Fights happen. They’re pretty much inevitable in relationships. Every couple has arguments, the key is knowing how to make up after a fight.
“Conflict often brings out most people’s worse sides. They might behave in ways they regret or are embarrassed about after. Coming back to talk about the issue that created the original fight and the behaviors that took place during the fight can feel really uncomfortable,” she adds.
Arguments can encourage growth, connection, and healthy communication in a relationship — but only if there is conflict resolution. Every relationship needs a making-up toolkit (no, saying “sorry” isn’t enough), so we asked relationship experts for their tips on reconnecting after a big fight.
“Sometimes it’s necessary to take time to calm down either during or after an argument with your partner,” says Dr. Fedrick. “This is absolutely healthy and acceptable but should be communicated in a safe and loving way. I often suggest to my couples to set ground rules around ‘time-outs’ during conflict.”
If you need some time to yourself after fighting with your partner, the key thing is communicating that need. “Let your partner know that you are feeling emotional or overwhelmed and just need a little while alone to collect your thoughts,” says Dr. Fedrick.
“Give them an idea of how long you will be gone and ensure they know you will return at that time,” she adds. “By handling it in this way, your partner will be less likely to feel rejected or abandoned, thus preventing further conflict or hurt feelings.”
If you're not ready to makeup, you can say something like "I'm not trying to ignore you, but I’m still upset and need more time to cool off." Meanwhile, if you want to check in with your partner to see if they’re ready to talk again, simply ask them "Are you ready to talk, or do you need more time?"
You might be tempted to act as if nothing happened, but experts warn this is the wrong approach. Research shows that avoiding conflict actively hurts relationships.
“One of the biggest mistakes that couples make after the fight is brushing it under the rug and not communicating about what took place,” says Dr. Fedrick.
“Many couples will get in a big fight, not talk for a few days, and then just go back to normal functioning. This is incredibly damaging because [it] prevents resolution and relational repair from taking place.”
Once you and your partner have both had a chance to cool off, sit down to talk about what led to the fight, and how you’re both feeling about it. “You want to ensure that each partner gets a chance to express how they are feeling and what they need from the other partner to work towards repairing the relationship,” explains Dr. Fedrick.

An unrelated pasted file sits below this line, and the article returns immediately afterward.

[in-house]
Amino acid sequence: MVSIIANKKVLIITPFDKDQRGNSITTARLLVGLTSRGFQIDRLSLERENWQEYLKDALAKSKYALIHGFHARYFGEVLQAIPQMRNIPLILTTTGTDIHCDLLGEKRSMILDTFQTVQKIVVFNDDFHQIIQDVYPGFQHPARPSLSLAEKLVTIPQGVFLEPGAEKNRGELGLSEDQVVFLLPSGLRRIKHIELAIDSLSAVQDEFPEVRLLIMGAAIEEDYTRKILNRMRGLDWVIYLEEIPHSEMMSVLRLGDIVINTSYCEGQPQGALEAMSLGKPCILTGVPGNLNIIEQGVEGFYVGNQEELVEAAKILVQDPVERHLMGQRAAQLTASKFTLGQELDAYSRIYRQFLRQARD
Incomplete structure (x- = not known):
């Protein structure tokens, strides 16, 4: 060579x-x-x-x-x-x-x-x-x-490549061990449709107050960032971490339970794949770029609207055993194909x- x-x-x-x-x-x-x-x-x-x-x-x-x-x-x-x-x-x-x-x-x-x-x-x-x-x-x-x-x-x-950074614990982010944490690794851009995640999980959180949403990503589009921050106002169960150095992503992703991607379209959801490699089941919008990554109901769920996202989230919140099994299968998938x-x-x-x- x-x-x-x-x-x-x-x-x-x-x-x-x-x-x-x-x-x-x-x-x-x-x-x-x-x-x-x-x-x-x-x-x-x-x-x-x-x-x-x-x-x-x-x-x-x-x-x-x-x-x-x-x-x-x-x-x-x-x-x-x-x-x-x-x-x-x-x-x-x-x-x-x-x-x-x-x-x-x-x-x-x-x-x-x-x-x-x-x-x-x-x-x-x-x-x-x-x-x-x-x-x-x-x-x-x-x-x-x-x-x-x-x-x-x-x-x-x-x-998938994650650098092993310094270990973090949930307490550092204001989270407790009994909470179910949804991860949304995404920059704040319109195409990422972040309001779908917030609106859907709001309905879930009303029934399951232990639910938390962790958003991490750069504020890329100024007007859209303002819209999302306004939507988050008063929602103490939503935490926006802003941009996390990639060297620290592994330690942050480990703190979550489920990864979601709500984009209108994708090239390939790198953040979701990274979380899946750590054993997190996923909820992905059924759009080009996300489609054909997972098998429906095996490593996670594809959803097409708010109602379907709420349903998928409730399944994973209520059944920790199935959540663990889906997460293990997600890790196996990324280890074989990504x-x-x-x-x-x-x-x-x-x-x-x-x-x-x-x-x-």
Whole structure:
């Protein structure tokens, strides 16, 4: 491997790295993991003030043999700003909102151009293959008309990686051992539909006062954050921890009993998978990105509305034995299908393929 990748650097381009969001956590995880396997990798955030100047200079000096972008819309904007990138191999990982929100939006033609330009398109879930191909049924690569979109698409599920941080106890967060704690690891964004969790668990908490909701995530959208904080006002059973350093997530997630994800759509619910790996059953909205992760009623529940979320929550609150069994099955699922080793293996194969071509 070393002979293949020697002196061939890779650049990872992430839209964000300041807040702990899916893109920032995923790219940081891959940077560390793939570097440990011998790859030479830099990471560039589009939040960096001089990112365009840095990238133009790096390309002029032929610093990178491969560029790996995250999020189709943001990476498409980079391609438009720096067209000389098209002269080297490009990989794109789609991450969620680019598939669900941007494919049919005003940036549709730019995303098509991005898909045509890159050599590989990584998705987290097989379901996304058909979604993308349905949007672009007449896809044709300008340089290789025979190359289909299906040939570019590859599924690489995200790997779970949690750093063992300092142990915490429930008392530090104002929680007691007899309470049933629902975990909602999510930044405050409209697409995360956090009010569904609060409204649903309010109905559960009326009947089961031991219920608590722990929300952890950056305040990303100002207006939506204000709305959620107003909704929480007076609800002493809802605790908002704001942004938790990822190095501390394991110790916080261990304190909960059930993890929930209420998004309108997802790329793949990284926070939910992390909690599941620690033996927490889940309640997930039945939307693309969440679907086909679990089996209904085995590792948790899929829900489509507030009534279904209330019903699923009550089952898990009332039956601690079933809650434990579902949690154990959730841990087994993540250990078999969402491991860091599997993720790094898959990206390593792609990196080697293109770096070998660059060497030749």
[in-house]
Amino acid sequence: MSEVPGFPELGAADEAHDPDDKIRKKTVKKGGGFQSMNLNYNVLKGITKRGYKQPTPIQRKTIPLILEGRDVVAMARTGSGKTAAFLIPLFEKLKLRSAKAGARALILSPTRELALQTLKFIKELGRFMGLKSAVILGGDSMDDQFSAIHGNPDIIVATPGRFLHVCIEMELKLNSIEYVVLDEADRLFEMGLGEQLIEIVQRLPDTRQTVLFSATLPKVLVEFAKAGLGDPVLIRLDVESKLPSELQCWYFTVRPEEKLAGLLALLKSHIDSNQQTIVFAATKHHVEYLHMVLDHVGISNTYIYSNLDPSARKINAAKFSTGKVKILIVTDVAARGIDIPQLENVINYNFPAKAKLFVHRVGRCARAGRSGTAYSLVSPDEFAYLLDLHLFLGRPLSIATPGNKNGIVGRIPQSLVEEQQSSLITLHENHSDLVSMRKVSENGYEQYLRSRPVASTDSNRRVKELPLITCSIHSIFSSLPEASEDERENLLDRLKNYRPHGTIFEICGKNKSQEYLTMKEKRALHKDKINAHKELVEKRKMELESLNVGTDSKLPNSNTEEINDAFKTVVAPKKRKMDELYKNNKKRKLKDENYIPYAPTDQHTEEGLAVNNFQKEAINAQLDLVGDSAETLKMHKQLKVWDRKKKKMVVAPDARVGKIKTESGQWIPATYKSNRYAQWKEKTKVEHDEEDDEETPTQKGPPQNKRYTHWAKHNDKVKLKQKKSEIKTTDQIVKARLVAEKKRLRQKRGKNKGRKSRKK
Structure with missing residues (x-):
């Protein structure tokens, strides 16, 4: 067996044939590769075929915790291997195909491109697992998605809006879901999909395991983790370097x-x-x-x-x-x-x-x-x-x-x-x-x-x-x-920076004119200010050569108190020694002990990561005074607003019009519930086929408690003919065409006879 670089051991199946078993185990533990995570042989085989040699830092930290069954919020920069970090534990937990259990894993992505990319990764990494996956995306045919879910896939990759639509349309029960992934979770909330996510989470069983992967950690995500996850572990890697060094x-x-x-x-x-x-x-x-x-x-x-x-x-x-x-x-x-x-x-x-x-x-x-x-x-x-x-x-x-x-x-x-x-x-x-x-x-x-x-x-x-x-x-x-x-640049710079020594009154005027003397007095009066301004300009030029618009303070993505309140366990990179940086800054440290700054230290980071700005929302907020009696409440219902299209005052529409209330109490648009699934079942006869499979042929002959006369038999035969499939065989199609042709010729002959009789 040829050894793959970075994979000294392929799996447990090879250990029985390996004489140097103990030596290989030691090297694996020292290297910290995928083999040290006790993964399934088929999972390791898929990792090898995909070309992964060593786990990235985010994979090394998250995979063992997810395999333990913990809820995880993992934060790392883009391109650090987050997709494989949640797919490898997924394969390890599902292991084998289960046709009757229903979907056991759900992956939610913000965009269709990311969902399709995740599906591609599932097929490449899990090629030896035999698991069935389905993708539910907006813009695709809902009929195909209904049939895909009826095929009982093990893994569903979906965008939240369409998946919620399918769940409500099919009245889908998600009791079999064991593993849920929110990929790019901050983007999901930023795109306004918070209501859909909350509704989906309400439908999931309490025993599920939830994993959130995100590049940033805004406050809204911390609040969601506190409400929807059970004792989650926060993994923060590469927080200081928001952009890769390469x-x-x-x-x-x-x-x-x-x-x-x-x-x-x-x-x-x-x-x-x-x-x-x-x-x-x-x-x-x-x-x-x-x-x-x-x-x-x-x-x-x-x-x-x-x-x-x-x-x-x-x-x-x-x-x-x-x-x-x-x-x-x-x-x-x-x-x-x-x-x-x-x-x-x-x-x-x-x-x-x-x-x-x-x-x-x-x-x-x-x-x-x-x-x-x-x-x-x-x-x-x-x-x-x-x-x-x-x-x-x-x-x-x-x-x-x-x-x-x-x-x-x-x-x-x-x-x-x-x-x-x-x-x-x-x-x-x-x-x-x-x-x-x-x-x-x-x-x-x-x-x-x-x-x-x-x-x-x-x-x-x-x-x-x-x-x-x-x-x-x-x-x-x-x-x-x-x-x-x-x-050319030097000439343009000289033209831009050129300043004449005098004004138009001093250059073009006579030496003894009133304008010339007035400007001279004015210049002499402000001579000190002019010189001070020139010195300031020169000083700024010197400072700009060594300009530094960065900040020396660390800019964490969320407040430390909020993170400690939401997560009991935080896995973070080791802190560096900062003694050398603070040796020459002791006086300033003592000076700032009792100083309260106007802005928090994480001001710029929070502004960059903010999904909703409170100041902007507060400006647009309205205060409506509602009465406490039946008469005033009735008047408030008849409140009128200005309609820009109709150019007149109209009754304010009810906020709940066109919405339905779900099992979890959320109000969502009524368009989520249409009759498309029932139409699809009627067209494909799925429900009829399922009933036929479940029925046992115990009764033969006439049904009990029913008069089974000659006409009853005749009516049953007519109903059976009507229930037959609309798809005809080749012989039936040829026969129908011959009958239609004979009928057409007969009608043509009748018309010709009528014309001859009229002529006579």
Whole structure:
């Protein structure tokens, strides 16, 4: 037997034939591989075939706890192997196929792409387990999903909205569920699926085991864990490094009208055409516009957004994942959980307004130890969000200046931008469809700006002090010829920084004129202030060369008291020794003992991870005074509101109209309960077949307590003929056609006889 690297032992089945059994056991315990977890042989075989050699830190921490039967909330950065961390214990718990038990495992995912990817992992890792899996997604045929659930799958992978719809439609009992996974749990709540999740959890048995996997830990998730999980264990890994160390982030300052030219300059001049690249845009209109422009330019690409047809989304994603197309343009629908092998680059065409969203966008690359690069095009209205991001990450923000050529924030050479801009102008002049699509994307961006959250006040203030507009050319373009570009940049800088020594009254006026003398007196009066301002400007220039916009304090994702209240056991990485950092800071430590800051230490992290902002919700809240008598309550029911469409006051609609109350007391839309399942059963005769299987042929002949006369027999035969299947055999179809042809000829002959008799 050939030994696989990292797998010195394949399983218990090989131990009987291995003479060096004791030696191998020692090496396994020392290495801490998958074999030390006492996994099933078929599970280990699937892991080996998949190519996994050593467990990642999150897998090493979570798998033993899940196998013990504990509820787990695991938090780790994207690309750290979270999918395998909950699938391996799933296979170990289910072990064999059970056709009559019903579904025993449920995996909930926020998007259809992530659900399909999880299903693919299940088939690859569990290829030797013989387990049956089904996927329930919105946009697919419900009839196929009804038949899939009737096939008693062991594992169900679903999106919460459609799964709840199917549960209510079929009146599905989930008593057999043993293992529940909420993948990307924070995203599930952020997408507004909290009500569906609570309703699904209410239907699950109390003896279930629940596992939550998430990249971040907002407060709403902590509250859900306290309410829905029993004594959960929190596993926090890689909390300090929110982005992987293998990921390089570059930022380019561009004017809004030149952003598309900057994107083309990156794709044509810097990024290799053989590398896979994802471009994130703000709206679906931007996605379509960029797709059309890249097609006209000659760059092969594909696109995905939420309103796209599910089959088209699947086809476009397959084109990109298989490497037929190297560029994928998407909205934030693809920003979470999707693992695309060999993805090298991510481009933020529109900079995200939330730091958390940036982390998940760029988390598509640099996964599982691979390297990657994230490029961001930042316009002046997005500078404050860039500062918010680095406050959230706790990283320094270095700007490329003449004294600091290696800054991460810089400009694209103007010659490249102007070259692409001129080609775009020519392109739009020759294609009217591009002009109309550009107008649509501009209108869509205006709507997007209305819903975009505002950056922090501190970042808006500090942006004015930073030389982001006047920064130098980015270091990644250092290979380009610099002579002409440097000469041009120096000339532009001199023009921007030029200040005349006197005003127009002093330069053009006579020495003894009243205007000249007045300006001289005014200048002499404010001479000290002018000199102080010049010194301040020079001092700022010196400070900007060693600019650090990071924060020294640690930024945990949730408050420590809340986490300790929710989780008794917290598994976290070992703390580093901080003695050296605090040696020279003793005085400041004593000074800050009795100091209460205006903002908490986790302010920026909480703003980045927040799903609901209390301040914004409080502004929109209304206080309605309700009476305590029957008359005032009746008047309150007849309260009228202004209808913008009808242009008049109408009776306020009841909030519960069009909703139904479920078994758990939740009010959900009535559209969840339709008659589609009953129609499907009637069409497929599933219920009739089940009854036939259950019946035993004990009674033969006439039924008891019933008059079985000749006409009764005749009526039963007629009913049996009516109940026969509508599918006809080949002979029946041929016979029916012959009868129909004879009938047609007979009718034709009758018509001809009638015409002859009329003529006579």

“Often people give their partner the silent treatment rather than saying ‘I need some time to think about what happened’,” says Kristin Davin, a licensed psychologist at Choosing Therapy. As hard as it can be to make up after a fight, ignoring your partner is never the answer.
Research even found that couples who use the silent treatment are more likely to be unhappier, have worse communication, have less intimacy, and report higher levels of anxiety within the relationship.
Remember, needing a time-out is perfectly valid as long as you communicate that need to your partner.
“When the cause of the fight doesn’t get discussed or resolved, this means there is also no opportunity for each couple to feel seen, heard, and understood,” says Fedrick. “Communicating about the reason for the argument, as well as about how each partner is feeling, is a crucial part of resolving conflict.”
Using "I feel” statements can help you express your feelings without placing all the blame onto your partner, who might otherwise get defensive.
“Communicating your needs at this time is very important as it allows the person to know how you feel, and where you are so that boundaries and having time to process are honored,” says Davin.
Davin also recommends a healthy dose of introspection. “People often don't know how to make up after a fight because feelings get hurt by each party and it's challenging at times to lean in with vulnerability and express how you (not your partner) could have done things differently,” she says.
“They also blame their partner for the fight and get defensive about their role in the argument, and repeat the same issue without thinking about how to resolve it.”
While it’s easy to play the blame game, part of making up after a fight is acknowledging the role you both played. The idea isn’t to shoulder all responsibility for the fight, but rather not to place all the fault onto your partner.
Once you’ve had a chance to talk about the fight with your partner and examine your role in the conflict, come up with a plan going forward to help you navigate future arguments.
“Reflect on what you could have done better, consider how you could do things differently in the future, and suggest what you’d like your partner to do differently in the future,” says Charisse Cooke, a relationship psychotherapist.
Knowing how to make up after a fight will make conflict easier to deal with in your relationship. Download the Paired app and take our “Making Up” and “Resolving Arguments” couple quiz with your partner to learn how to make up after a fight.